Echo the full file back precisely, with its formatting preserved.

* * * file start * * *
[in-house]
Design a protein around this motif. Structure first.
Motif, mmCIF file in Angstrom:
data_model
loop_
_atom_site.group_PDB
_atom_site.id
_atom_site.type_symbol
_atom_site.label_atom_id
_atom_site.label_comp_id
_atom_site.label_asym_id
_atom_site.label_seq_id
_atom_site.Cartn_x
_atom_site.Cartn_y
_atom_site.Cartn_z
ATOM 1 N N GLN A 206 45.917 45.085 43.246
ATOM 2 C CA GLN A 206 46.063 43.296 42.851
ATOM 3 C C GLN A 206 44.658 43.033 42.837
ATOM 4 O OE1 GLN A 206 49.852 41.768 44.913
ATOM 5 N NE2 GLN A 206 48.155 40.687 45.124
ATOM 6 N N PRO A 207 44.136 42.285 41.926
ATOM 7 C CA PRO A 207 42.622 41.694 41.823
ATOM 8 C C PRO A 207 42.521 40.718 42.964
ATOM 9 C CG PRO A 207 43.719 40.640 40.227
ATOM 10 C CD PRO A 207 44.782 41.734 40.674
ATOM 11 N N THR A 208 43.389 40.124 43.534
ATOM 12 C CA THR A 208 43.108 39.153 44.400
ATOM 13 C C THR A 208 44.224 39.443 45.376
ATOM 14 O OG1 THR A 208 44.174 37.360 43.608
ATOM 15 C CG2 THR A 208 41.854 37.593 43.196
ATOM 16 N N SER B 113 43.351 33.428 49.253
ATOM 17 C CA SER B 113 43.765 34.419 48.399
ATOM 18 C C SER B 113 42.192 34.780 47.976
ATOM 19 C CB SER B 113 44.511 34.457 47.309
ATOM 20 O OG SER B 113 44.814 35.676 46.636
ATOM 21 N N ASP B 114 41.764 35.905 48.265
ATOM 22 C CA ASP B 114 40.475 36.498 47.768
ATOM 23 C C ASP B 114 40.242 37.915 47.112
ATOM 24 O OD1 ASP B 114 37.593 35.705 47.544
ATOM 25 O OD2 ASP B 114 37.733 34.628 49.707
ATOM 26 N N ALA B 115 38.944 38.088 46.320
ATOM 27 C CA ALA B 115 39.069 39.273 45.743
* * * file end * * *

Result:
[in-house]
Design a protein around this motif. Structure first.
Motif, mmCIF file in Angstrom:
data_model
loop_
_atom_site.group_PDB
_atom_site.id
_atom_site.type_symbol
_atom_site.label_atom_id
_atom_site.label_comp_id
_atom_site.label_asym_id
_atom_site.label_seq_id
_atom_site.Cartn_x
_atom_site.Cartn_y
_atom_site.Cartn_z
ATOM 1 N N GLN A 206 45.917 45.085 43.246
ATOM 2 C CA GLN A 206 46.063 43.296 42.851
ATOM 3 C C GLN A 206 44.658 43.033 42.837
ATOM 4 O OE1 GLN A 206 49.852 41.768 44.913
ATOM 5 N NE2 GLN A 206 48.155 40.687 45.124
ATOM 6 N N PRO A 207 44.136 42.285 41.926
ATOM 7 C CA PRO A 207 42.622 41.694 41.823
ATOM 8 C C PRO A 207 42.521 40.718 42.964
ATOM 9 C CG PRO A 207 43.719 40.640 40.227
ATOM 10 C CD PRO A 207 44.782 41.734 40.674
ATOM 11 N N THR A 208 43.389 40.124 43.534
ATOM 12 C CA THR A 208 43.108 39.153 44.400
ATOM 13 C C THR A 208 44.224 39.443 45.376
ATOM 14 O OG1 THR A 208 44.174 37.360 43.608
ATOM 15 C CG2 THR A 208 41.854 37.593 43.196
ATOM 16 N N SER B 113 43.351 33.428 49.253
ATOM 17 C CA SER B 113 43.765 34.419 48.399
ATOM 18 C C SER B 113 42.192 34.780 47.976
ATOM 19 C CB SER B 113 44.511 34.457 47.309
ATOM 20 O OG SER B 113 44.814 35.676 46.636
ATOM 21 N N ASP B 114 41.764 35.905 48.265
ATOM 22 C CA ASP B 114 40.475 36.498 47.768
ATOM 23 C C ASP B 114 40.242 37.915 47.112
ATOM 24 O OD1 ASP B 114 37.593 35.705 47.544
ATOM 25 O OD2 ASP B 114 37.733 34.628 49.707
ATOM 26 N N ALA B 115 38.944 38.088 46.320
ATOM 27 C CA ALA B 115 39.069 39.273 45.743